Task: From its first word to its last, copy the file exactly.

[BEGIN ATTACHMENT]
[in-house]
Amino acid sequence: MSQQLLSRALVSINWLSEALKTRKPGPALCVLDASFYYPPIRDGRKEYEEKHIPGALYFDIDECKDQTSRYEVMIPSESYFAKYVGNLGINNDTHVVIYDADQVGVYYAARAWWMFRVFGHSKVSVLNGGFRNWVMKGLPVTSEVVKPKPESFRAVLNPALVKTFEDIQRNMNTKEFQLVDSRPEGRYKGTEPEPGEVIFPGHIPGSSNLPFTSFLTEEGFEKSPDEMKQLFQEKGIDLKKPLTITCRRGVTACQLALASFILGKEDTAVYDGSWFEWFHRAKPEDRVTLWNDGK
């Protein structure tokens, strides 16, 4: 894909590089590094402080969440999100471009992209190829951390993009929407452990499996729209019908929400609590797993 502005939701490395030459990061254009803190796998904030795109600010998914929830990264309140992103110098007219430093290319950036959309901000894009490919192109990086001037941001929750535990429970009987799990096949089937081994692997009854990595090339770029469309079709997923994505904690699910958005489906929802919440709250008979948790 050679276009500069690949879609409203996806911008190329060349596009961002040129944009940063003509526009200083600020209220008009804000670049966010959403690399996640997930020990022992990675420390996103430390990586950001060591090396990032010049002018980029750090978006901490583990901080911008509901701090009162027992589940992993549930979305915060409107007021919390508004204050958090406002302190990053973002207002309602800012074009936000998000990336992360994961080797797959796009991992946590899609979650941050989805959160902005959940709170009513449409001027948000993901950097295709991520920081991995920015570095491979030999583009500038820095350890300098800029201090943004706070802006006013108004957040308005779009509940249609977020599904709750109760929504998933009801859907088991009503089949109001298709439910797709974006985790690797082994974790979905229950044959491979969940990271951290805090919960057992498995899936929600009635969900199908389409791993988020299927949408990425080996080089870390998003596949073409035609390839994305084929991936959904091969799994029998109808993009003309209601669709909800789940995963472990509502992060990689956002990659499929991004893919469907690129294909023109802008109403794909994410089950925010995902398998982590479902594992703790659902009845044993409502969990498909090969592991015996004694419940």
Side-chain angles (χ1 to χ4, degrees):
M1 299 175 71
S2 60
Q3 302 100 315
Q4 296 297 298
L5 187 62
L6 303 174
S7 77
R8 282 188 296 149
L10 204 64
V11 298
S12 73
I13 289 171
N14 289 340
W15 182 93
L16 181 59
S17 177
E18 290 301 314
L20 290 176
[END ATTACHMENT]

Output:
[in-house]
Amino acid sequence: MSQQLLSRALVSINWLSEALKTRKPGPALCVLDASFYYPPIRDGRKEYEEKHIPGALYFDIDECKDQTSRYEVMIPSESYFAKYVGNLGINNDTHVVIYDADQVGVYYAARAWWMFRVFGHSKVSVLNGGFRNWVMKGLPVTSEVVKPKPESFRAVLNPALVKTFEDIQRNMNTKEFQLVDSRPEGRYKGTEPEPGEVIFPGHIPGSSNLPFTSFLTEEGFEKSPDEMKQLFQEKGIDLKKPLTITCRRGVTACQLALASFILGKEDTAVYDGSWFEWFHRAKPEDRVTLWNDGK
């Protein structure tokens, strides 16, 4: 894909590089590094402080969440999100471009992209190829951390993009929407452990499996729209019908929400609590797993 502005939701490395030459990061254009803190796998904030795109600010998914929830990264309140992103110098007219430093290319950036959309901000894009490919192109990086001037941001929750535990429970009987799990096949089937081994692997009854990595090339770029469309079709997923994505904690699910958005489906929802919440709250008979948790 050679276009500069690949879609409203996806911008190329060349596009961002040129944009940063003509526009200083600020209220008009804000670049966010959403690399996640997930020990022992990675420390996103430390990586950001060591090396990032010049002018980029750090978006901490583990901080911008509901701090009162027992589940992993549930979305915060409107007021919390508004204050958090406002302190990053973002207002309602800012074009936000998000990336992360994961080797797959796009991992946590899609979650941050989805959160902005959940709170009513449409001027948000993901950097295709991520920081991995920015570095491979030999583009500038820095350890300098800029201090943004706070802006006013108004957040308005779009509940249609977020599904709750109760929504998933009801859907088991009503089949109001298709439910797709974006985790690797082994974790979905229950044959491979969940990271951290805090919960057992498995899936929600009635969900199908389409791993988020299927949408990425080996080089870390998003596949073409035609390839994305084929991936959904091969799994029998109808993009003309209601669709909800789940995963472990509502992060990689956002990659499929991004893919469907690129294909023109802008109403794909994410089950925010995902398998982590479902594992703790659902009845044993409502969990498909090969592991015996004694419940």
Side-chain angles (χ1 to χ4, degrees):
M1 299 175 71
S2 60
Q3 302 100 315
Q4 296 297 298
L5 187 62
L6 303 174
S7 77
R8 282 188 296 149
L10 204 64
V11 298
S12 73
I13 289 171
N14 289 340
W15 182 93
L16 181 59
S17 177
E18 290 301 314
L20 290 176